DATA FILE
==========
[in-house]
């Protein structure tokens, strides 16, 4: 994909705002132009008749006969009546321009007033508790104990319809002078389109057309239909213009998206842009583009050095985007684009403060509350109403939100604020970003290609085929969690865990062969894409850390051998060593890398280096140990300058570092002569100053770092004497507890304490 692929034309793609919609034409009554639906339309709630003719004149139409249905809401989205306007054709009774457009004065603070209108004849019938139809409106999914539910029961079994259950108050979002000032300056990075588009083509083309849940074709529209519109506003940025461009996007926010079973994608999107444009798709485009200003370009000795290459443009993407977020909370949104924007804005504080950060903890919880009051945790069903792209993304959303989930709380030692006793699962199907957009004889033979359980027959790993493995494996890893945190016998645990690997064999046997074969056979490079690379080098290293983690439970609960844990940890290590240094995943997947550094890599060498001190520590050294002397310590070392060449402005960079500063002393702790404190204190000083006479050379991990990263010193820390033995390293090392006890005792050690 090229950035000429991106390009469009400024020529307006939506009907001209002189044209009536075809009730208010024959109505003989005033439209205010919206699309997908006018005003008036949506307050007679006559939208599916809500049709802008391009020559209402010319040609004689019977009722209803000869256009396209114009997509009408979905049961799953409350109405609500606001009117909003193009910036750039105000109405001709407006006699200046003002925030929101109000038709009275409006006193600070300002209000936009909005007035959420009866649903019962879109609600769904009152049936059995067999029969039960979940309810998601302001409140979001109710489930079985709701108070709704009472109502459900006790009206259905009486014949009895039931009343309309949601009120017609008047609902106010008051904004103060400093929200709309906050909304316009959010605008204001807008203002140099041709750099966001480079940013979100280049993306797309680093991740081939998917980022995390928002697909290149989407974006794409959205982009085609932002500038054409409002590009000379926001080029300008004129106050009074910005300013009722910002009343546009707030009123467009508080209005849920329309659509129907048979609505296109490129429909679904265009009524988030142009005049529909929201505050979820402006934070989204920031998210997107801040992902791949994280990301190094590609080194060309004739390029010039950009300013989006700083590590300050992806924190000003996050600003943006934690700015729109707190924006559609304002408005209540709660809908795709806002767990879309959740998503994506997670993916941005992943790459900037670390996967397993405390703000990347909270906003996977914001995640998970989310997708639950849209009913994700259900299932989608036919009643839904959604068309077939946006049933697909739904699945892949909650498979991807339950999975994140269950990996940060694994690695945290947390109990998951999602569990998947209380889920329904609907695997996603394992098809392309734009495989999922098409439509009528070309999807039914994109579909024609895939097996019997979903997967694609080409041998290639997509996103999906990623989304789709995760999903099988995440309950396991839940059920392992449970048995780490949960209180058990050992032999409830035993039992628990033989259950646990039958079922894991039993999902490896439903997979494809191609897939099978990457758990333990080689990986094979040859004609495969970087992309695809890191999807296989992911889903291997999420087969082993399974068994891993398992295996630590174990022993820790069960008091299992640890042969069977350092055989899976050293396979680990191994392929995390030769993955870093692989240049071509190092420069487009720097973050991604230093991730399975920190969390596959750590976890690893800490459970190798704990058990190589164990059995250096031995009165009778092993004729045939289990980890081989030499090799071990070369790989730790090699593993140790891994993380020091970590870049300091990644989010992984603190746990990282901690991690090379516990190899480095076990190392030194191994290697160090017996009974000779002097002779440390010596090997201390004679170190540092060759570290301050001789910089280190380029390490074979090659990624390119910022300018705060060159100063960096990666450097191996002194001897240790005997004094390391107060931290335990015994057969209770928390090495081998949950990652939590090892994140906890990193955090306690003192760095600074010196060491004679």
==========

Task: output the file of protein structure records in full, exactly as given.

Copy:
[in-house]
């Protein structure tokens, strides 16, 4: 994909705002132009008749006969009546321009007033508790104990319809002078389109057309239909213009998206842009583009050095985007684009403060509350109403939100604020970003290609085929969690865990062969894409850390051998060593890398280096140990300058570092002569100053770092004497507890304490 692929034309793609919609034409009554639906339309709630003719004149139409249905809401989205306007054709009774457009004065603070209108004849019938139809409106999914539910029961079994259950108050979002000032300056990075588009083509083309849940074709529209519109506003940025461009996007926010079973994608999107444009798709485009200003370009000795290459443009993407977020909370949104924007804005504080950060903890919880009051945790069903792209993304959303989930709380030692006793699962199907957009004889033979359980027959790993493995494996890893945190016998645990690997064999046997074969056979490079690379080098290293983690439970609960844990940890290590240094995943997947550094890599060498001190520590050294002397310590070392060449402005960079500063002393702790404190204190000083006479050379991990990263010193820390033995390293090392006890005792050690 090229950035000429991106390009469009400024020529307006939506009907001209002189044209009536075809009730208010024959109505003989005033439209205010919206699309997908006018005003008036949506307050007679006559939208599916809500049709802008391009020559209402010319040609004689019977009722209803000869256009396209114009997509009408979905049961799953409350109405609500606001009117909003193009910036750039105000109405001709407006006699200046003002925030929101109000038709009275409006006193600070300002209000936009909005007035959420009866649903019962879109609600769904009152049936059995067999029969039960979940309810998601302001409140979001109710489930079985709701108070709704009472109502459900006790009206259905009486014949009895039931009343309309949601009120017609008047609902106010008051904004103060400093929200709309906050909304316009959010605008204001807008203002140099041709750099966001480079940013979100280049993306797309680093991740081939998917980022995390928002697909290149989407974006794409959205982009085609932002500038054409409002590009000379926001080029300008004129106050009074910005300013009722910002009343546009707030009123467009508080209005849920329309659509129907048979609505296109490129429909679904265009009524988030142009005049529909929201505050979820402006934070989204920031998210997107801040992902791949994280990301190094590609080194060309004739390029010039950009300013989006700083590590300050992806924190000003996050600003943006934690700015729109707190924006559609304002408005209540709660809908795709806002767990879309959740998503994506997670993916941005992943790459900037670390996967397993405390703000990347909270906003996977914001995640998970989310997708639950849209009913994700259900299932989608036919009643839904959604068309077939946006049933697909739904699945892949909650498979991807339950999975994140269950990996940060694994690695945290947390109990998951999602569990998947209380889920329904609907695997996603394992098809392309734009495989999922098409439509009528070309999807039914994109579909024609895939097996019997979903997967694609080409041998290639997509996103999906990623989304789709995760999903099988995440309950396991839940059920392992449970048995780490949960209180058990050992032999409830035993039992628990033989259950646990039958079922894991039993999902490896439903997979494809191609897939099978990457758990333990080689990986094979040859004609495969970087992309695809890191999807296989992911889903291997999420087969082993399974068994891993398992295996630590174990022993820790069960008091299992640890042969069977350092055989899976050293396979680990191994392929995390030769993955870093692989240049071509190092420069487009720097973050991604230093991730399975920190969390596959750590976890690893800490459970190798704990058990190589164990059995250096031995009165009778092993004729045939289990980890081989030499090799071990070369790989730790090699593993140790891994993380020091970590870049300091990644989010992984603190746990990282901690991690090379516990190899480095076990190392030194191994290697160090017996009974000779002097002779440390010596090997201390004679170190540092060759570290301050001789910089280190380029390490074979090659990624390119910022300018705060060159100063960096990666450097191996002194001897240790005997004094390391107060931290335990015994057969209770928390090495081998949950990652939590090892994140906890990193955090306690003192760095600074010196060491004679």